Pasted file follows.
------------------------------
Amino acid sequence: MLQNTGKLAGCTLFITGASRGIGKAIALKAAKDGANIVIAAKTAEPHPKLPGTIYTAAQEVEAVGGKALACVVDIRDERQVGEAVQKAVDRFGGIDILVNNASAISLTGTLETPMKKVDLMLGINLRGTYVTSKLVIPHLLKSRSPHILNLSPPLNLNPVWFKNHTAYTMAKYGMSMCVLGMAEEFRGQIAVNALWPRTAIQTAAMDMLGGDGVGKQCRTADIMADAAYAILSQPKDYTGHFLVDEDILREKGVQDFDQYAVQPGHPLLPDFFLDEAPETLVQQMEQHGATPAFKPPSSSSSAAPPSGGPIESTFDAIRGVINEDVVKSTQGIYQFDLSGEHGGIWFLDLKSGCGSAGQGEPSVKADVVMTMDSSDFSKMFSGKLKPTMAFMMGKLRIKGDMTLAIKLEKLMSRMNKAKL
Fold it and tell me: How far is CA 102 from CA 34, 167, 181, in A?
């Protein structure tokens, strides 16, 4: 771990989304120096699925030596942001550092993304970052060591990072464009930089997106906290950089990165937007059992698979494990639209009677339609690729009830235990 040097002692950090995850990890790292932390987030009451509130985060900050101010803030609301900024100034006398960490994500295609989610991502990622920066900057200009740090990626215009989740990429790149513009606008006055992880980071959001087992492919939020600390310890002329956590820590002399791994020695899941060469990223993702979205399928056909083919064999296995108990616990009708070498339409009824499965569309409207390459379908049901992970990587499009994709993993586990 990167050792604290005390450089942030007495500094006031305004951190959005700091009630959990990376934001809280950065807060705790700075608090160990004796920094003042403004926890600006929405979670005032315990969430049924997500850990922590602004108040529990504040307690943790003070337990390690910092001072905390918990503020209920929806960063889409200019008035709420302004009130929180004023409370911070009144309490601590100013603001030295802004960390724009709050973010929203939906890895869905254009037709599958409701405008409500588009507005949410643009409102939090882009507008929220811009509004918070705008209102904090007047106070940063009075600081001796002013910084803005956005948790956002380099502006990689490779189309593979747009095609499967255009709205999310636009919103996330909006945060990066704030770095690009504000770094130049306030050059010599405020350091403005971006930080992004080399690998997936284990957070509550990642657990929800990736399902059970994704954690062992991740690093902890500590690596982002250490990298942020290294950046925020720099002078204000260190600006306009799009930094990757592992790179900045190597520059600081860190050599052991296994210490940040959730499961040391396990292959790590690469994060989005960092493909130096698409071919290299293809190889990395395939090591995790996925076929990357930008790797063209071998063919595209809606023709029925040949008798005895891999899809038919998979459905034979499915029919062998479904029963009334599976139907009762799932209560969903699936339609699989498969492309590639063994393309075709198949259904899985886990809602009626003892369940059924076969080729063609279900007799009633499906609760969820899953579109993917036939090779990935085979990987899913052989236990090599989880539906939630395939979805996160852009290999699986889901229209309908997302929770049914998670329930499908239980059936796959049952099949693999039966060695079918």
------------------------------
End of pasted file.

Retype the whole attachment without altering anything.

Amino acid sequence: MLQNTGKLAGCTLFITGASRGIGKAIALKAAKDGANIVIAAKTAEPHPKLPGTIYTAAQEVEAVGGKALACVVDIRDERQVGEAVQKAVDRFGGIDILVNNASAISLTGTLETPMKKVDLMLGINLRGTYVTSKLVIPHLLKSRSPHILNLSPPLNLNPVWFKNHTAYTMAKYGMSMCVLGMAEEFRGQIAVNALWPRTAIQTAAMDMLGGDGVGKQCRTADIMADAAYAILSQPKDYTGHFLVDEDILREKGVQDFDQYAVQPGHPLLPDFFLDEAPETLVQQMEQHGATPAFKPPSSSSSAAPPSGGPIESTFDAIRGVINEDVVKSTQGIYQFDLSGEHGGIWFLDLKSGCGSAGQGEPSVKADVVMTMDSSDFSKMFSGKLKPTMAFMMGKLRIKGDMTLAIKLEKLMSRMNKAKL
Fold it and tell me: How far is CA 102 from CA 34, 167, 181, in A?
């Protein structure tokens, strides 16, 4: 771990989304120096699925030596942001550092993304970052060591990072464009930089997106906290950089990165937007059992698979494990639209009677339609690729009830235990 040097002692950090995850990890790292932390987030009451509130985060900050101010803030609301900024100034006398960490994500295609989610991502990622920066900057200009740090990626215009989740990429790149513009606008006055992880980071959001087992492919939020600390310890002329956590820590002399791994020695899941060469990223993702979205399928056909083919064999296995108990616990009708070498339409009824499965569309409207390459379908049901992970990587499009994709993993586990 990167050792604290005390450089942030007495500094006031305004951190959005700091009630959990990376934001809280950065807060705790700075608090160990004796920094003042403004926890600006929405979670005032315990969430049924997500850990922590602004108040529990504040307690943790003070337990390690910092001072905390918990503020209920929806960063889409200019008035709420302004009130929180004023409370911070009144309490601590100013603001030295802004960390724009709050973010929203939906890895869905254009037709599958409701405008409500588009507005949410643009409102939090882009507008929220811009509004918070705008209102904090007047106070940063009075600081001796002013910084803005956005948790956002380099502006990689490779189309593979747009095609499967255009709205999310636009919103996330909006945060990066704030770095690009504000770094130049306030050059010599405020350091403005971006930080992004080399690998997936284990957070509550990642657990929800990736399902059970994704954690062992991740690093902890500590690596982002250490990298942020290294950046925020720099002078204000260190600006306009799009930094990757592992790179900045190597520059600081860190050599052991296994210490940040959730499961040391396990292959790590690469994060989005960092493909130096698409071919290299293809190889990395395939090591995790996925076929990357930008790797063209071998063919595209809606023709029925040949008798005895891999899809038919998979459905034979499915029919062998479904029963009334599976139907009762799932209560969903699936339609699989498969492309590639063994393309075709198949259904899985886990809602009626003892369940059924076969080729063609279900007799009633499906609760969820899953579109993917036939090779990935085979990987899913052989236990090599989880539906939630395939979805996160852009290999699986889901229209309908997302929770049914998670329930499908239980059936796959049952099949693999039966060695079918």